A Tale Made of Scraps.

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Today I woke up thinking on a piece I wrote almost eight years ago during my freshman year at the Teaching Institute (I just found out I don’t know how to say such a simple and daily expression as “profesorado de inglés”!). Anyway! It was an assignment for the Phonetics  I class. We had been working with the fricative counterparts in words like “she” and “pleasure” and the professor had given us a list of words and phrases that inlcuded those sounds to practise transcription. She  challenged us to use them in a story so as to encourage us to practise more.

As it has happended to me so many times, when the due day came, I felt much embarrassed because I was the only one who had used them all and almost everybody was giving me that pejorative, exasperated look  to immediately shut me out of their conversations. I handed it in anyway, innerly feeling very proud of my achievement as much as cast out. I couldn’t help  expecting some show of acknowledgement on the part of my professor, but, when I got it back,  the only thing that was written on the paper was a “watch out grammar” on the orthographic version and an “OK” below the transcription.

Ah! I was certainly disappointed! Because I had thought myself such a whizz! But she was right on the grammar, no doubt! I look at it now (being such an organized freak has payed back at last because I could find it among ALL my papers and binders in less than five minutes) and it sucks! On my behalf I’ll say that I had passed the entrance exam to faculty just with the English I had learnt as a teenager (twenty years before that time) and most of my vocabulary I had acquired it by reading (as I still do) — I don’t want to let the opportunity pass (one never knows who might read this) without thanking publicly to who would afterwards be my Methodology and Didactics I Professor, Gabriel Díaz Maggioli,  for letting me enter the faculty in spite of my obvious shortcomings.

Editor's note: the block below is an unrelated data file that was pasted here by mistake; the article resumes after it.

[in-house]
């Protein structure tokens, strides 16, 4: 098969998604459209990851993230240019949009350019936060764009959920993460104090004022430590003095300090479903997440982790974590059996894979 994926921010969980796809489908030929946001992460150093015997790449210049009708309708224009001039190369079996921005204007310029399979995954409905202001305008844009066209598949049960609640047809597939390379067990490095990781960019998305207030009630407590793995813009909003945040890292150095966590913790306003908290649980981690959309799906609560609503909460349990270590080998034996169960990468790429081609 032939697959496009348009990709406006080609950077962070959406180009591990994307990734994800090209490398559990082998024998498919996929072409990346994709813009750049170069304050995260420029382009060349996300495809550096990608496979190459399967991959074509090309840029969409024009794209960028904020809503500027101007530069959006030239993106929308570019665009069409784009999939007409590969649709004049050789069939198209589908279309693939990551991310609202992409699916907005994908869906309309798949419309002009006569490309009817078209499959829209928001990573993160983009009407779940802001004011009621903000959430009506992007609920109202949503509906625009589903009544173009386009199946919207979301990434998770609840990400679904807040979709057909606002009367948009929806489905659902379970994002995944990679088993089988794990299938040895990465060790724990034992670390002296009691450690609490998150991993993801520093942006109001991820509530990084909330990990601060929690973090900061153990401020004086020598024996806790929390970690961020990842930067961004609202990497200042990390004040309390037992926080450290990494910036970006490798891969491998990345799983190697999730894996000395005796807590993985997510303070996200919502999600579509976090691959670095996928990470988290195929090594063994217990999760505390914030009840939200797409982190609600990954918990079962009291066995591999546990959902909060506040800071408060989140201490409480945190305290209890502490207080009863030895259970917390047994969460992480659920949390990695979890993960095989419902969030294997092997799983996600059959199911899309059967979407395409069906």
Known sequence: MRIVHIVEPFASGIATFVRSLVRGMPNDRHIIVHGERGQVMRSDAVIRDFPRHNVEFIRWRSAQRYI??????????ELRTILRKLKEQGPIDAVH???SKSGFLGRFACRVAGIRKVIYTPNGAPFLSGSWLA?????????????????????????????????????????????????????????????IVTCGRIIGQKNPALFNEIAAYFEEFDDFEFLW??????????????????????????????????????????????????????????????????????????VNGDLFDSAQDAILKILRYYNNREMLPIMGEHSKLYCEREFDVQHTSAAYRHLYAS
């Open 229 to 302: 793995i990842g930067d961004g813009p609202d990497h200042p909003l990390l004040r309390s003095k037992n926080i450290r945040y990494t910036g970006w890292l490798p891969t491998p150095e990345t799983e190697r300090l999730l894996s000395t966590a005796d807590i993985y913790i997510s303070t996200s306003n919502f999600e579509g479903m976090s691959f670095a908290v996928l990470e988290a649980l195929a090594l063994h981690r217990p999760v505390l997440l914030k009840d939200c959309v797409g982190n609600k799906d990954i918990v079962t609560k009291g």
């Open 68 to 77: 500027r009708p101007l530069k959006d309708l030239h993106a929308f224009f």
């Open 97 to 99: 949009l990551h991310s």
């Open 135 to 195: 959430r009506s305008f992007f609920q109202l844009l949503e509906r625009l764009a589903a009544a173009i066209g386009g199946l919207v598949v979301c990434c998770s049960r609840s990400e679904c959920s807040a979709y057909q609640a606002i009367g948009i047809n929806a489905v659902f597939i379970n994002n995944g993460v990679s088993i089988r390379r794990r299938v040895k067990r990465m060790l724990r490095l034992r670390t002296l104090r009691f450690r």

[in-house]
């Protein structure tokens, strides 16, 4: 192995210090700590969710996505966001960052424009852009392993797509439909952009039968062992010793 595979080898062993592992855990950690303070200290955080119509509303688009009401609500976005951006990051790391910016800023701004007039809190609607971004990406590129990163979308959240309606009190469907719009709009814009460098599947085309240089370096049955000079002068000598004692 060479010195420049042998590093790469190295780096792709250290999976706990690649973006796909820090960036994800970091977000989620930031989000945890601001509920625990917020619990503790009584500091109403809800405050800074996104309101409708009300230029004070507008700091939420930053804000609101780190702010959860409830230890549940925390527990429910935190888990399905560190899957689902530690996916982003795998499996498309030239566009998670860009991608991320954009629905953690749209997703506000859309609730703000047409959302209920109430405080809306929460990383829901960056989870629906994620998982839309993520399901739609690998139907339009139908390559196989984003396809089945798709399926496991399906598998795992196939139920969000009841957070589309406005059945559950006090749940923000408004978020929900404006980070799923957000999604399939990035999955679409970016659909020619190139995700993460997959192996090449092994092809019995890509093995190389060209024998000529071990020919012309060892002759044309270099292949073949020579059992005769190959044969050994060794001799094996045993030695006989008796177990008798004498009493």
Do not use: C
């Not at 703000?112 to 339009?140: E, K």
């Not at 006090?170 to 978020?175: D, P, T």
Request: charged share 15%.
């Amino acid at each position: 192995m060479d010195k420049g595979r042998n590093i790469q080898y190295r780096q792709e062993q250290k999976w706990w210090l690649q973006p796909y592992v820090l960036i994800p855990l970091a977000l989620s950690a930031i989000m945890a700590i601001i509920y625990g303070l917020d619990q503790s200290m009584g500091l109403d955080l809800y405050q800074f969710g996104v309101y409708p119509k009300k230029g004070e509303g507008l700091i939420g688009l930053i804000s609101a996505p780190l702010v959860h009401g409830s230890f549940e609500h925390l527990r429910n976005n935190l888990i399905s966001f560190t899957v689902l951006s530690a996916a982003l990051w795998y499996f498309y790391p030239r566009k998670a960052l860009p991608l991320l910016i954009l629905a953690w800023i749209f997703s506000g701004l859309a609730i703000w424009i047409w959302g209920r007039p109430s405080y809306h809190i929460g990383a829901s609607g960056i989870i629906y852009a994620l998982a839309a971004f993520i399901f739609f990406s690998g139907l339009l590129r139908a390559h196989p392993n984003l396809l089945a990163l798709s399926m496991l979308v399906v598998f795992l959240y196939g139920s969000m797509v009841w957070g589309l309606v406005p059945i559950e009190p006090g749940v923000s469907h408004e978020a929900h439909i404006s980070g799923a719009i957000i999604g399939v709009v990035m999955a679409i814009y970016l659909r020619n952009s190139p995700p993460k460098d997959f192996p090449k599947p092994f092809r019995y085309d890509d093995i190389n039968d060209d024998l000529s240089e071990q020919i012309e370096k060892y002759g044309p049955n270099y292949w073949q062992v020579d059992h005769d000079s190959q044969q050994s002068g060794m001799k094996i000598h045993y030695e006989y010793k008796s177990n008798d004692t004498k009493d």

So,  I read it again and all things considered, I still think I was as clever as hell when I could string together such dissimilar expressions. I re-typed it and made an excruciating effort not to edit it in anyway. I just changed a little the paragraphs layout because it seems that in those days I couldn’t stand a paragraph with more that one sentence in it, HA! I highlighted the expressions in question in blue. I obviously corrected the grammar mistakes the professor pointed at, but there could be more, no doubt, as there will be in this very post which I’ll re-write again and again in my head and edit many times more.

What do you think of it?

AN EXERCISE ON ENGLISH PHONETICS

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